And to get to the island of Miyajima off the southern tip of Japan

And at Cinque Terra on the coast of Italy  
(It really is the best way to see those villages clinging to the cliffs)

And @ Positano to the island of Capri

Where this lime green convertible was our taxi for the day.
I know, technically it's an automobile, but I included it in this article because, you have to admit, it's pretty unique.

Nope, just kidding.  
We did see them going out in this little tiny thing, though!

Or by cable car in San Francisco

Or by bicycle in Snow Canyon, Utah

Or by kayak in Hawaii

 And then there's the Funiculars in Ito and Koyasan, Japan
They are so much fun they have their own post 
(See "Who Put the Fun in Funicluar?")

We can't forget the cable cars in Salzburg, Austria 
 which is how we got to the top of Untersbergbahn

and Montserrat, Spain, which is how we got to the Monastery 

And to the top of Mount Misen in Myajima, Japan

Or by catamaran  in Oahu,  Hawaii

And Lanai, Hawaii

By boat @ the Golden Triangle ~ 
where the borders of Thailand, Laos, & Burhma meet

And on the Yarra River in Melbourne, Australia

In the summer @ Lake Powell, Arizona, it's the houseboat

And the Mastercraft 

But you can't get to "Lover's Cove" without the jetski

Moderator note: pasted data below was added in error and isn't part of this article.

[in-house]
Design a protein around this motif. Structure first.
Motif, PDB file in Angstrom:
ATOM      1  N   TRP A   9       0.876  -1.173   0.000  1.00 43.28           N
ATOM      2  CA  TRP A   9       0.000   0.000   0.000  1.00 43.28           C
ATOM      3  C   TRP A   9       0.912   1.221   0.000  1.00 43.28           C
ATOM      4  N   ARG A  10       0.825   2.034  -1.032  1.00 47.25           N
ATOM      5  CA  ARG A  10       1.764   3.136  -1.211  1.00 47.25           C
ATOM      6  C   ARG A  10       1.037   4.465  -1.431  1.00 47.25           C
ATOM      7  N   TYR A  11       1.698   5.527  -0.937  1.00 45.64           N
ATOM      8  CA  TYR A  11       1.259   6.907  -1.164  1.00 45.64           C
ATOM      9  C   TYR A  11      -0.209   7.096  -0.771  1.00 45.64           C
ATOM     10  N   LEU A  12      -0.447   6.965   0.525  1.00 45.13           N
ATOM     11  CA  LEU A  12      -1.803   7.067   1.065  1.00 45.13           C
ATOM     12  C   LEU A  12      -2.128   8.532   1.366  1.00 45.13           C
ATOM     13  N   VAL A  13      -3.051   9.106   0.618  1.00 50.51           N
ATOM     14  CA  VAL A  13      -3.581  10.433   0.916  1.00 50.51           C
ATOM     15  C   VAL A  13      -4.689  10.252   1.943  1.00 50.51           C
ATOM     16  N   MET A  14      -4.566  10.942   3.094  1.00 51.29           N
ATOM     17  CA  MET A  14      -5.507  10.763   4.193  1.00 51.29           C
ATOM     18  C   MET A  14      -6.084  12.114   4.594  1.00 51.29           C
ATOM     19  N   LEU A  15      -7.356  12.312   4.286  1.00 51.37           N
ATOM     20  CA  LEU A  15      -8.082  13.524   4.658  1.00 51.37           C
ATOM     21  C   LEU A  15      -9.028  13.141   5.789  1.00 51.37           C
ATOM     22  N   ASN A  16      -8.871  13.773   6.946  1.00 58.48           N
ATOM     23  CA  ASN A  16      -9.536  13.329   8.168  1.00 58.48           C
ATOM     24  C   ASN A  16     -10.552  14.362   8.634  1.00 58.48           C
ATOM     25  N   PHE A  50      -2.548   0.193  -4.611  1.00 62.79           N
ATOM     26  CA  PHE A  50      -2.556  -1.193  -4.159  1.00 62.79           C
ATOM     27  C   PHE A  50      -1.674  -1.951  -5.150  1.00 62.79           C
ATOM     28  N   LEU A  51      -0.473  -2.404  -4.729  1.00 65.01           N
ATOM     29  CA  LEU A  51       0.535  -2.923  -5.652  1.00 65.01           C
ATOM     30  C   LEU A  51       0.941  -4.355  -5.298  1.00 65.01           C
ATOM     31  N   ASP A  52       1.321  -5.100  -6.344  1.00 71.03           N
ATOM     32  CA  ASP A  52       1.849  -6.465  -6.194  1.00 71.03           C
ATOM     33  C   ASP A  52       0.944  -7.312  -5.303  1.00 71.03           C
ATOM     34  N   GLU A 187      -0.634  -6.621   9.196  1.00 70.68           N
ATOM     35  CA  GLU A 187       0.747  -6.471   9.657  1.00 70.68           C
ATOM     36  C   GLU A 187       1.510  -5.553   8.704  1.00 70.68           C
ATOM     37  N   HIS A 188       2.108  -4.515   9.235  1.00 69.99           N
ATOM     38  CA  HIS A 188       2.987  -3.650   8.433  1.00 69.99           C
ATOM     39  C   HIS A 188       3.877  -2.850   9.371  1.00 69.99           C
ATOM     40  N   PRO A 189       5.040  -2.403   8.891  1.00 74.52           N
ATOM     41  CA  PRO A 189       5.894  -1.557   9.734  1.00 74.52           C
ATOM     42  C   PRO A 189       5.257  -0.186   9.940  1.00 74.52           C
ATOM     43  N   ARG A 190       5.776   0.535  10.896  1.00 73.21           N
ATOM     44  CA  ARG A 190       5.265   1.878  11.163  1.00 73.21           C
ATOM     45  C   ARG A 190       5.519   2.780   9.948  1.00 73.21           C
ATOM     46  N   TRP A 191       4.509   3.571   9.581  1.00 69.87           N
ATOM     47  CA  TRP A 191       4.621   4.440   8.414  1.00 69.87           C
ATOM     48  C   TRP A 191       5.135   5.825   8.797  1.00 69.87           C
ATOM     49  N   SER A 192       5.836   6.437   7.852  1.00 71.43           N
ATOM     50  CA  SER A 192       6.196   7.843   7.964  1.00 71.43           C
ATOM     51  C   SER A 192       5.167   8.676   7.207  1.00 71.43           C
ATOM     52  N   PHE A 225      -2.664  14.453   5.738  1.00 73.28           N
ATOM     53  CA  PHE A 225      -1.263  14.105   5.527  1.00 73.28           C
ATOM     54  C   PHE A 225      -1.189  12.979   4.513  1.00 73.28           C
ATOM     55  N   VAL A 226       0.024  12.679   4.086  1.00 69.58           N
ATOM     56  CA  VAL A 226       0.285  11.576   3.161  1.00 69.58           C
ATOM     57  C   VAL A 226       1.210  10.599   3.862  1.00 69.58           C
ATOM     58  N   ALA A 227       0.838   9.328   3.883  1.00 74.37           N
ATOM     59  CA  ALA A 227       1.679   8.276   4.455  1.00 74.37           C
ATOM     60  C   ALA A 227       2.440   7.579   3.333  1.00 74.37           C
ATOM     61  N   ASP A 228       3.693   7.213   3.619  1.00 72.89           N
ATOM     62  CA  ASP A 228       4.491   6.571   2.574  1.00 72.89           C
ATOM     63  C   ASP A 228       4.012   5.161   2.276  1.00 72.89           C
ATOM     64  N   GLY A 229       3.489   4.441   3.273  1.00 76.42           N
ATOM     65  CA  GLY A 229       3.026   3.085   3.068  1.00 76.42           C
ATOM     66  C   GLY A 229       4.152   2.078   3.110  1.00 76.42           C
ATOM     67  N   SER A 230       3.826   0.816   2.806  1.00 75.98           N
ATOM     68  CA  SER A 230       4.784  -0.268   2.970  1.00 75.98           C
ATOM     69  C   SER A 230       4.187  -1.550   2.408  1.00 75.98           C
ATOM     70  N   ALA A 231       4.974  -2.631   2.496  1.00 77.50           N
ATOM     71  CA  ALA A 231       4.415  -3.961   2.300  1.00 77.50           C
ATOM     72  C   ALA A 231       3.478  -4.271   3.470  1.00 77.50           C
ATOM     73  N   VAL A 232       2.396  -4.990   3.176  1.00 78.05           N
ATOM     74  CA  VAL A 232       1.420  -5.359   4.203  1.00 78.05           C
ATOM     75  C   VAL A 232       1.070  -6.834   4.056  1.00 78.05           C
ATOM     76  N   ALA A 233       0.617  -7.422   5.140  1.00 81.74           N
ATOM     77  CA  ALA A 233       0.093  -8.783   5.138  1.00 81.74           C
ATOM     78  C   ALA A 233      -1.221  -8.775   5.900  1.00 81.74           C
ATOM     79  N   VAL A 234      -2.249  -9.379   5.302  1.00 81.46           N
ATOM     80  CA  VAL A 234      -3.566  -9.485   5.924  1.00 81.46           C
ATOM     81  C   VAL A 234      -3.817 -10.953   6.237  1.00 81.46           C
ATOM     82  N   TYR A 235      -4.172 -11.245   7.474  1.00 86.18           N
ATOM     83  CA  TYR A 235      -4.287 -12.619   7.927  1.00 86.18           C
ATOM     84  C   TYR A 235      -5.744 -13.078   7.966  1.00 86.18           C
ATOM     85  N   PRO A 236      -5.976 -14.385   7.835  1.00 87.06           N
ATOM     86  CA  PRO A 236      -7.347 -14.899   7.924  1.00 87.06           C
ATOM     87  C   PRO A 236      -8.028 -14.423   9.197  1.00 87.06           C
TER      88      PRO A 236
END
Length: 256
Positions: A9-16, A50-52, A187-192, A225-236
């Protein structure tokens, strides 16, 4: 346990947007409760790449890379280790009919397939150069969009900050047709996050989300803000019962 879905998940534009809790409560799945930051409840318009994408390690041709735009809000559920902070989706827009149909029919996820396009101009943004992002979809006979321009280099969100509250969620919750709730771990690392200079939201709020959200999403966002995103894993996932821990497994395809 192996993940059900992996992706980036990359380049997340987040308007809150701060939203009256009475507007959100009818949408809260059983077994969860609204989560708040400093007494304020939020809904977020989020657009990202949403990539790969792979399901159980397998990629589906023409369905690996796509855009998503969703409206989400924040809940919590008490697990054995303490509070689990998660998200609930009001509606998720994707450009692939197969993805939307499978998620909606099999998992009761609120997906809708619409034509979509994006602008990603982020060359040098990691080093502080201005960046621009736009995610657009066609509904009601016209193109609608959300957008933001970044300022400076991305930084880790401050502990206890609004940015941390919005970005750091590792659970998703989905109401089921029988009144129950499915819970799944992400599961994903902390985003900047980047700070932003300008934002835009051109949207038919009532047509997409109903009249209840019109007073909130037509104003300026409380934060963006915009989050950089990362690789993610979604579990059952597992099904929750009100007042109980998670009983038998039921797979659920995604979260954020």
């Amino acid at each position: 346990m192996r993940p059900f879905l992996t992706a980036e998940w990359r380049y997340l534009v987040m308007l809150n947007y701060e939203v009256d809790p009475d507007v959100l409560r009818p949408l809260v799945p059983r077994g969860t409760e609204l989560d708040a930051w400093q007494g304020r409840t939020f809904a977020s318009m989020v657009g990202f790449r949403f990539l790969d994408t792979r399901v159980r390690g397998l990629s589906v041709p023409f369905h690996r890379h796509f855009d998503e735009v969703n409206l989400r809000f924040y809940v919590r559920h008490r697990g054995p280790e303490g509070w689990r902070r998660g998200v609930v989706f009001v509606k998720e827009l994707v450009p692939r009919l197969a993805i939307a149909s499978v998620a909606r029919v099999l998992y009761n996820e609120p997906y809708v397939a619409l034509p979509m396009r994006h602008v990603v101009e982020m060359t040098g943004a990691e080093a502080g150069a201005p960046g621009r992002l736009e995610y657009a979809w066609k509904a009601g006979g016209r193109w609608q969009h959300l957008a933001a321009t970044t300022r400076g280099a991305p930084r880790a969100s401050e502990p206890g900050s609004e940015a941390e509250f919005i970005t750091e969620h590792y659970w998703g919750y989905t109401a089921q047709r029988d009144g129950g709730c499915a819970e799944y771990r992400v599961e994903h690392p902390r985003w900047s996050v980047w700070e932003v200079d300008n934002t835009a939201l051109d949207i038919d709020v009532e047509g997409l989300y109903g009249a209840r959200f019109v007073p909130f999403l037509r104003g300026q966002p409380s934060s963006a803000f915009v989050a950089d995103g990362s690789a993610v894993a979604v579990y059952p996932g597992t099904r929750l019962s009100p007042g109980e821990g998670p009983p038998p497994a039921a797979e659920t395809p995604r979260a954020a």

Occasionally it makes sense to hire a car and driver for the day.  Like the Amalfi Coast in Italy;  or to get to the Golden Triangle from Chiang Rai.

And occasionally it's by bus, as when we went from 
Chiang Mai to Chiang Rai in Thailand

And we sometimes use the "Hop-on-hop-off" buses in the bigger cities, like Barcelona, Rome, and Paris.  They are usually an economical way to get to some of the sites that are too far for walking, and we like the fact that we can set our own pace.  You just hop off when you want to spend time at a site, and hop back on when you're done.

And sometimes a Bus Tour is the way to go, such as our 
"Sound of Music Tour" in Salzburg, Austria.  
It's one of the most entertaining days I can remember ~ 
after all, how often are you with 30 of your newest 
best friends from all over the world, 
visiting the sites where this wonderful musical was filmed, 
all singing "The hills are alive!" at the top of your lungs?!?